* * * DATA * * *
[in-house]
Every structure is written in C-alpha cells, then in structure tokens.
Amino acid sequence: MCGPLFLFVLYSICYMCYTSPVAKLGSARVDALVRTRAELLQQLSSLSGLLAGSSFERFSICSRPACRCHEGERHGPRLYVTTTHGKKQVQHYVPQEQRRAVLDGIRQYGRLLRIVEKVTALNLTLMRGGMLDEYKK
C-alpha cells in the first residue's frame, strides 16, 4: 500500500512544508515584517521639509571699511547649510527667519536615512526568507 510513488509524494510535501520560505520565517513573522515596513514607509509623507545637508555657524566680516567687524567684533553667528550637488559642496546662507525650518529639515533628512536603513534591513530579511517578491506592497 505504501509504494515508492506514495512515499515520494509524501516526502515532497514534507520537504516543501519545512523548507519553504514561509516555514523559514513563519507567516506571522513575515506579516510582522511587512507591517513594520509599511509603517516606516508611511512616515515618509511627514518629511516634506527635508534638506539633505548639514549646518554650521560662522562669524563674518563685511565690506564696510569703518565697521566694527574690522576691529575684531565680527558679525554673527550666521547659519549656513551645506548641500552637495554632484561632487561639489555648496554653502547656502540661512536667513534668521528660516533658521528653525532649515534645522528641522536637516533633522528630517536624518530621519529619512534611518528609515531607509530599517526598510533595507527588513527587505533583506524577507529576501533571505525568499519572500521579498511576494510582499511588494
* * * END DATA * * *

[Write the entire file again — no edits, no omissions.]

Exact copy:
[in-house]
Every structure is written in C-alpha cells, then in structure tokens.
Amino acid sequence: MCGPLFLFVLYSICYMCYTSPVAKLGSARVDALVRTRAELLQQLSSLSGLLAGSSFERFSICSRPACRCHEGERHGPRLYVTTTHGKKQVQHYVPQEQRRAVLDGIRQYGRLLRIVEKVTALNLTLMRGGMLDEYKK
C-alpha cells in the first residue's frame, strides 16, 4: 500500500512544508515584517521639509571699511547649510527667519536615512526568507 510513488509524494510535501520560505520565517513573522515596513514607509509623507545637508555657524566680516567687524567684533553667528550637488559642496546662507525650518529639515533628512536603513534591513530579511517578491506592497 505504501509504494515508492506514495512515499515520494509524501516526502515532497514534507520537504516543501519545512523548507519553504514561509516555514523559514513563519507567516506571522513575515506579516510582522511587512507591517513594520509599511509603517516606516508611511512616515515618509511627514518629511516634506527635508534638506539633505548639514549646518554650521560662522562669524563674518563685511565690506564696510569703518565697521566694527574690522576691529575684531565680527558679525554673527550666521547659519549656513551645506548641500552637495554632484561632487561639489555648496554653502547656502540661512536667513534668521528660516533658521528653525532649515534645522528641522536637516533633522528630517536624518530621519529619512534611518528609515531607509530599517526598510533595507527588513527587505533583506524577507529576501533571505525568499519572500521579498511576494510582499511588494